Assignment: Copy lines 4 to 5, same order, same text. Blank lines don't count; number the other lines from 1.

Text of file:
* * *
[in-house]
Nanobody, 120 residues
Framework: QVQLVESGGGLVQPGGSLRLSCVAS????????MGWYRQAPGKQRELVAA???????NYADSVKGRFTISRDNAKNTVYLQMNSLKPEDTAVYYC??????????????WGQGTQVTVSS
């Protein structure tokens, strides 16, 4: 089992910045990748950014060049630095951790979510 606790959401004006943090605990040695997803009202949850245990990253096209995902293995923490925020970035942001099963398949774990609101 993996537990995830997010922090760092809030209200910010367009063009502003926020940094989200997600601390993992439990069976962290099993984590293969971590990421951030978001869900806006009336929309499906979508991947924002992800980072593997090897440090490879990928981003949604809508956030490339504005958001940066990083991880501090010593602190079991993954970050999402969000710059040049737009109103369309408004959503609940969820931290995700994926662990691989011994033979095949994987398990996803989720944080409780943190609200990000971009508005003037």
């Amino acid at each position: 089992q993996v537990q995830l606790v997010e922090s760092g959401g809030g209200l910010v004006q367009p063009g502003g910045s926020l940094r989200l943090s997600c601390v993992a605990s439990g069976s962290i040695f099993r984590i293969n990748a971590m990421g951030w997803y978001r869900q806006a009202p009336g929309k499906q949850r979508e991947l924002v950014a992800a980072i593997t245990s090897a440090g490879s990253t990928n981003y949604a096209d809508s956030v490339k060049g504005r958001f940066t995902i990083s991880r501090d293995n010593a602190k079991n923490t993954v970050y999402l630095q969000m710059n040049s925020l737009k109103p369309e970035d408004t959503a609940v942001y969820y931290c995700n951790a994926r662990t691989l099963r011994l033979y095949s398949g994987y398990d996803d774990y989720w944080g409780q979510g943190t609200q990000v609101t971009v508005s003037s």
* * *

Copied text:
């Protein structure tokens, strides 16, 4: 089992910045990748950014060049630095951790979510 606790959401004006943090605990040695997803009202949850245990990253096209995902293995923490925020970035942001099963398949774990609101 993996537990995830997010922090760092809030209200910010367009063009502003926020940094989200997600601390993992439990069976962290099993984590293969971590990421951030978001869900806006009336929309499906979508991947924002992800980072593997090897440090490879990928981003949604809508956030490339504005958001940066990083991880501090010593602190079991993954970050999402969000710059040049737009109103369309408004959503609940969820931290995700994926662990691989011994033979095949994987398990996803989720944080409780943190609200990000971009508005003037």
């Amino acid at each position: 089992q993996v537990q995830l606790v997010e922090s760092g959401g809030g209200l910010v004006q367009p063009g502003g910045s926020l940094r989200l943090s997600c601390v993992a605990s439990g069976s962290i040695f099993r984590i293969n990748a971590m990421g951030w997803y978001r869900q806006a009202p009336g929309k499906q949850r979508e991947l924002v950014a992800a980072i593997t245990s090897a440090g490879s990253t990928n981003y949604a096209d809508s956030v490339k060049g504005r958001f940066t995902i990083s991880r501090d293995n010593a602190k079991n923490t993954v970050y999402l630095q969000m710059n040049s925020l737009k109103p369309e970035d408004t959503a609940v942001y969820y931290c995700n951790a994926r662990t691989l099963r011994l033979y095949s398949g994987y398990d996803d774990y989720w944080g409780q979510g943190t609200q990000v609101t971009v508005s003037s």